Abstract: Hume thought that if you believed in powers, you believed in necessary connections in nature. He was then able to argue that there were none such because anything could follow anything else. But Hume wrong-footed his opponents. A power does not necessitate its manifestations: rather, it disposes towards them in a way that is less than necessary but more than purely contingent. In this paper a dispositional theory of causation is offered. Causes dispose towards their effects and often produce them. But a set of causes, even though they may succeed in producing an effect, cannot necessitate it since the effect could have been counteracted by some additional power. This would require a separation of our concepts of causal production and causal necessitation. The most conspicuous cases of causation are those where powers accumulate and pass a requisite threshold for an effect to occur. We develop a model for representing powers as constituent vectors within an n-dimensional quality space, where composition of causes appears as vector addition. Even our resultant vector, however, has to be understood as having dispositional force only. This model throws new light on causal modality and cases of prevention, causation by absence and probabilistic causation.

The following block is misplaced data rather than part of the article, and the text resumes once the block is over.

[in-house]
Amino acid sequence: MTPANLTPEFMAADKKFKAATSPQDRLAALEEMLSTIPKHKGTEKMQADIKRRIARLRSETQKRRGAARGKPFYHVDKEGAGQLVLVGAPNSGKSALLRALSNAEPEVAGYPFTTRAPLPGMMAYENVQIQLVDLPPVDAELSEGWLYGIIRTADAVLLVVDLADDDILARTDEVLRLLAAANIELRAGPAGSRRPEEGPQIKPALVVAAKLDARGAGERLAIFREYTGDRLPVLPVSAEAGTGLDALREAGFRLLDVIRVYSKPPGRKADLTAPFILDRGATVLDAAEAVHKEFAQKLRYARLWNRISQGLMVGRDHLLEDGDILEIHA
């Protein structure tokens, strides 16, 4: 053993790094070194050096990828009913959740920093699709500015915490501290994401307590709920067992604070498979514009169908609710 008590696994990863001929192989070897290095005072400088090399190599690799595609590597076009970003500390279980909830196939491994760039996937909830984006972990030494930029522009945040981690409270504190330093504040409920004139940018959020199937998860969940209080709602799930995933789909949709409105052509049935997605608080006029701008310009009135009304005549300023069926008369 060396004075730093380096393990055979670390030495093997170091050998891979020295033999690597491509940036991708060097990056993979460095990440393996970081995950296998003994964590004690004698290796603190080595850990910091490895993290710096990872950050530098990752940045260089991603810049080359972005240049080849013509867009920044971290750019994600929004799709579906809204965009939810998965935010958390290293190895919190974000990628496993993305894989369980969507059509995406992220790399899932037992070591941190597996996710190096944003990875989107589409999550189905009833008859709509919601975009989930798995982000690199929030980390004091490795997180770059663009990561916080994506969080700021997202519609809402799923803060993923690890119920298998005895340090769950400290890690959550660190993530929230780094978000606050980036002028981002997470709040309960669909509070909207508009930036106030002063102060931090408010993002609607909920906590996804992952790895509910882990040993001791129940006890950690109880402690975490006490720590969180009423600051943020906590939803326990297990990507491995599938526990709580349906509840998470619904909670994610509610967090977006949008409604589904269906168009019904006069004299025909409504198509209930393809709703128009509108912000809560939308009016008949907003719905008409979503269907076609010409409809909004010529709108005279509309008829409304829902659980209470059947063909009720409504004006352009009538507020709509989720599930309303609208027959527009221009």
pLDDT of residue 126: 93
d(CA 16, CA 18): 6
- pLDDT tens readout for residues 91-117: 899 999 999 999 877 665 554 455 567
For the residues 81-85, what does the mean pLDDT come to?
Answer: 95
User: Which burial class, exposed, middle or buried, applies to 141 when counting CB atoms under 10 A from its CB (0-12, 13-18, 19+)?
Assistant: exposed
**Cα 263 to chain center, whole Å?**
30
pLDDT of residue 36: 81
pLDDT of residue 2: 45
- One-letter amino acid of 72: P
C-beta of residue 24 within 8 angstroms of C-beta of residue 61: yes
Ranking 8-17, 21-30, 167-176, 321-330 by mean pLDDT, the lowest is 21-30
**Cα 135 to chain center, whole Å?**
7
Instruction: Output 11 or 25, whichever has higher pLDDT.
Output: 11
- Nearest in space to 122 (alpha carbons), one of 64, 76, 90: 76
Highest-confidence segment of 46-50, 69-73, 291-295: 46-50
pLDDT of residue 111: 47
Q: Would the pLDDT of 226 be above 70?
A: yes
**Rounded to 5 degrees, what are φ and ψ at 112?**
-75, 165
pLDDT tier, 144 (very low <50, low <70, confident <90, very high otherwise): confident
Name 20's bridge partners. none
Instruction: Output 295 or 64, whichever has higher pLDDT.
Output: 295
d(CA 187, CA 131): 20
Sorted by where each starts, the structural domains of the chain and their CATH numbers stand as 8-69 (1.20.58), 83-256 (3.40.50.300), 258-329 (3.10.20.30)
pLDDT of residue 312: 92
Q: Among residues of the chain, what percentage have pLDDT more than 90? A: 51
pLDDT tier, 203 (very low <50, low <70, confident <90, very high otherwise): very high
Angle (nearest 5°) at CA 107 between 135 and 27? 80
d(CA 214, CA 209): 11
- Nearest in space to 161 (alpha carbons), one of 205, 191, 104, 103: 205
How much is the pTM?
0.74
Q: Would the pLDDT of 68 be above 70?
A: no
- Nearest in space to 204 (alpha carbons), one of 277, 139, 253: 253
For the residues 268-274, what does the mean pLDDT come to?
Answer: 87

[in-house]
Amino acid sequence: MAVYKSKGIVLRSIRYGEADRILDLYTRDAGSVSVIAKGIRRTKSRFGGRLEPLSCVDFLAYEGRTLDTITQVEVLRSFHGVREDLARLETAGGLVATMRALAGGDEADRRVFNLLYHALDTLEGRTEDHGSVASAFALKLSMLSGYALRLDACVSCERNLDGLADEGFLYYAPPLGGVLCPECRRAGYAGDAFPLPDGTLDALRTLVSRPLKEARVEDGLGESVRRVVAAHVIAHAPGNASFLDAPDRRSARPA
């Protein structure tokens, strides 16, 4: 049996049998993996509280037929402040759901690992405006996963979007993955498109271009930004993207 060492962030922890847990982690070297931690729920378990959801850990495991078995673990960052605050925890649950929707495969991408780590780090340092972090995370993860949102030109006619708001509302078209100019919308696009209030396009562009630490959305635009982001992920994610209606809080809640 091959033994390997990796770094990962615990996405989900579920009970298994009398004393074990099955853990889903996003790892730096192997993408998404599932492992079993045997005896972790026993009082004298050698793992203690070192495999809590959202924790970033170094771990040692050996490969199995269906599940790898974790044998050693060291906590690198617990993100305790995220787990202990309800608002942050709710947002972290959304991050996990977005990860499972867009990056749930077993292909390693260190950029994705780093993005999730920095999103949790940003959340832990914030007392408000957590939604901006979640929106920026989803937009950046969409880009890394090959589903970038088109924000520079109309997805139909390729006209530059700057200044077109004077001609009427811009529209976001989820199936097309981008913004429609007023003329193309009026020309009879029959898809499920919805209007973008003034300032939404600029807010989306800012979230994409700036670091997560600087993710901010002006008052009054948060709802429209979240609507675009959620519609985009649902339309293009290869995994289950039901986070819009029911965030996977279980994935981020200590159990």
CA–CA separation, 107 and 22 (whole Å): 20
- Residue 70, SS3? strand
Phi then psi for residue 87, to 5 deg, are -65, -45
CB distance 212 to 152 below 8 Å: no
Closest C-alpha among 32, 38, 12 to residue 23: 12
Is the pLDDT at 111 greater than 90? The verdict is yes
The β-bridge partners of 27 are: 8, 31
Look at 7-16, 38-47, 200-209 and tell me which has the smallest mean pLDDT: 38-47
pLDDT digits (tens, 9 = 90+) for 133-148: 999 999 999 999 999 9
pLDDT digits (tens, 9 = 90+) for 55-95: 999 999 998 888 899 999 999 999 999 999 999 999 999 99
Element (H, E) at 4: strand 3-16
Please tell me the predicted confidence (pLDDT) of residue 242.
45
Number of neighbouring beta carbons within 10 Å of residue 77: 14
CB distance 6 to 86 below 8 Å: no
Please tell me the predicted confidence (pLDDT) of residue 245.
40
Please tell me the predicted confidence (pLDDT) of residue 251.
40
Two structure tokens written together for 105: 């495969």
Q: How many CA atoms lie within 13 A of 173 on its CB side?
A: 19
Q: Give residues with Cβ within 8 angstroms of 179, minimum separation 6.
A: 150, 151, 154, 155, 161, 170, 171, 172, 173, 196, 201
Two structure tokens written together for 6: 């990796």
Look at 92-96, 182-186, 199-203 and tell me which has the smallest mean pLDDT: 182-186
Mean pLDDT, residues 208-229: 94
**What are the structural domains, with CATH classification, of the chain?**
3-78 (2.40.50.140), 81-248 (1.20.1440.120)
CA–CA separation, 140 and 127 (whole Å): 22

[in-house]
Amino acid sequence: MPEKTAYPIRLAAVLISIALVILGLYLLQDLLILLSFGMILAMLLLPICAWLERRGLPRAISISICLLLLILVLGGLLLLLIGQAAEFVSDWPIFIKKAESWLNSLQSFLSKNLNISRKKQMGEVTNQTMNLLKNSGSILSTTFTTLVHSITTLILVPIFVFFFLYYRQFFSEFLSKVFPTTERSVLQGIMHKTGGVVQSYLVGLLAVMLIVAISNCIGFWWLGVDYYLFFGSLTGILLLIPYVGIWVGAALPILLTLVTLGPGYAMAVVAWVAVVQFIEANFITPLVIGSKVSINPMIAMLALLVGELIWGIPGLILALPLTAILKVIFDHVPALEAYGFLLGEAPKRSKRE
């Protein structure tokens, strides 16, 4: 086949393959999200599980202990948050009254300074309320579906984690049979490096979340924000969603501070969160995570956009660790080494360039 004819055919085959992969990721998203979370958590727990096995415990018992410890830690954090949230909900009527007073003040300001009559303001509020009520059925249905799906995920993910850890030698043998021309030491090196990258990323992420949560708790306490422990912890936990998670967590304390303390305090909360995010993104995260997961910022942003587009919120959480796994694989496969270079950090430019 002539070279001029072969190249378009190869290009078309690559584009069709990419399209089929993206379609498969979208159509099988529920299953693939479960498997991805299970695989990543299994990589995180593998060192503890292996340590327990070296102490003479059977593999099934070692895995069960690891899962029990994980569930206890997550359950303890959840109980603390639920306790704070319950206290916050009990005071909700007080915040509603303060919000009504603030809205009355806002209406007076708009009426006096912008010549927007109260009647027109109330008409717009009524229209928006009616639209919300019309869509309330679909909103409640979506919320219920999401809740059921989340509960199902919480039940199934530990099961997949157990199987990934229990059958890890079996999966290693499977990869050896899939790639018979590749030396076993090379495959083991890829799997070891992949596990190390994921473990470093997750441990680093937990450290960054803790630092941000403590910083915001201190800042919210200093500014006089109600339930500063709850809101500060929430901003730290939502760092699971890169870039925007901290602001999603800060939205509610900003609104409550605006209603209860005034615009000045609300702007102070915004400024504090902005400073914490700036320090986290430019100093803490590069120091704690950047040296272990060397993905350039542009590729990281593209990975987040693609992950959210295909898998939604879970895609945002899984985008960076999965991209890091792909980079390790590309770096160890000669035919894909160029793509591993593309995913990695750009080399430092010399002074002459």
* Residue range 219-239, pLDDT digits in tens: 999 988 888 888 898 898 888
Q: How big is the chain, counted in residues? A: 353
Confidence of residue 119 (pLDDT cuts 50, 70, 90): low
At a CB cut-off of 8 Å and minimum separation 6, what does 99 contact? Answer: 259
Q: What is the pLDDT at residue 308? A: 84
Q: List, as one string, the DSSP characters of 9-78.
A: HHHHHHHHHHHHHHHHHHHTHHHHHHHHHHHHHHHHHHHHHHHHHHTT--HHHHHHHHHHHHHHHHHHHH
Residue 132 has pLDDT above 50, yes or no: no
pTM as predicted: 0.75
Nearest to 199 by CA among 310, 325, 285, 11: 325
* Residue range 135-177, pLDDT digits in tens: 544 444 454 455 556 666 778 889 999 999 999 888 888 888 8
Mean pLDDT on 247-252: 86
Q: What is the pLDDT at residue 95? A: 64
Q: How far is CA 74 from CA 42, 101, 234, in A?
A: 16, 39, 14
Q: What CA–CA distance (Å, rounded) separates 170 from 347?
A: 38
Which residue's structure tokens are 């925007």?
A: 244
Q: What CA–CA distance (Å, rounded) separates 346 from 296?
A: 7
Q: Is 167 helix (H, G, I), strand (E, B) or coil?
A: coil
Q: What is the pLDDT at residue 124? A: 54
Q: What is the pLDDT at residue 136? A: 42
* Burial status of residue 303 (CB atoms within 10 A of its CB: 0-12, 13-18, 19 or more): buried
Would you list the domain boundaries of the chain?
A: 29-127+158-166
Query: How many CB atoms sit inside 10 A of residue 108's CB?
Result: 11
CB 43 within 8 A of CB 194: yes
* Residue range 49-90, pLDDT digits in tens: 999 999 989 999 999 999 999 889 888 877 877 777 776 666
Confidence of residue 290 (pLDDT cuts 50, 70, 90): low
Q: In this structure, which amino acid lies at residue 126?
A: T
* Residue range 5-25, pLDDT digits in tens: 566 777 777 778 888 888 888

Comment: This would be useful in a course on metaphysics, philosophy of science, or any course in which philosophical accounts of causation are relevant. This paper has the benefit of being both clear and non-technical, and being quite cutting-edge. Suitable for undergraduates of all levels.

Anscombe, G. Elizabeth M., and . Causality and Determination

1981, In Anscombe, G. E. M. Metaphysics and the Philosophy of Mind: Collected Philosophical Papers Volume II. Oxford: Basil Blackwell.

Summary: A classic text in which Anscombe argues for a realist view of causation. Specifically, Anscombe holds that causation is both directly perceivable and not subject to philosophical analysis. Anscombe seeks to establish that causal relations do not presuppose laws, and that causal relations can be perceived in a direct way.

Comment: This would be useful in a course on metaphysics, philosophy of science or philosophy of action. Anscombe is not always an easy writer, but this paper is not technical and is widely considered to be a classic. This could be used at any undergraduate or graduate level.

Beebe, Helen, and . Does Anything Hold the Universe Together?

2006, Synthese 149(3): 509-533.